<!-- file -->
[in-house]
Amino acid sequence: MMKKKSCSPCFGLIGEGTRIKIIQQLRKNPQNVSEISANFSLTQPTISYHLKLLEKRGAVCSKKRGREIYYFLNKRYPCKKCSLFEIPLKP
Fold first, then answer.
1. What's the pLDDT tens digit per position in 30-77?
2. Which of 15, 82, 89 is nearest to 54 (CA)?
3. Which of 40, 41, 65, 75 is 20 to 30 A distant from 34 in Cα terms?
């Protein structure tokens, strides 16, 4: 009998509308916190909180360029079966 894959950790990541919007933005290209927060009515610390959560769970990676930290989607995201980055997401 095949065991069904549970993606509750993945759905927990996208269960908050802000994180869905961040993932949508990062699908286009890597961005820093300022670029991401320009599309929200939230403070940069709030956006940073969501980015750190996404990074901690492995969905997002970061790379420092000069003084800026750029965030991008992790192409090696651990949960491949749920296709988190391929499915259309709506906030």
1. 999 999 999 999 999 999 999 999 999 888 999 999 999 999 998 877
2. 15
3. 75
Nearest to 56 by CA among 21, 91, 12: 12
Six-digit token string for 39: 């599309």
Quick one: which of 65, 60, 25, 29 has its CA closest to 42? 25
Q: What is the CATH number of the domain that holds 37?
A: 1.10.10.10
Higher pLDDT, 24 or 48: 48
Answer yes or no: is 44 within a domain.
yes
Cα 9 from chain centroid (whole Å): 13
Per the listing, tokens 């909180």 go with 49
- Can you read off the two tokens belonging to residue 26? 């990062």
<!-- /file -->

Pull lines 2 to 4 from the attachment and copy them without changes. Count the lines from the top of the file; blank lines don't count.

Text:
Amino acid sequence: MMKKKSCSPCFGLIGEGTRIKIIQQLRKNPQNVSEISANFSLTQPTISYHLKLLEKRGAVCSKKRGREIYYFLNKRYPCKKCSLFEIPLKP
Fold first, then answer.
1. What's the pLDDT tens digit per position in 30-77?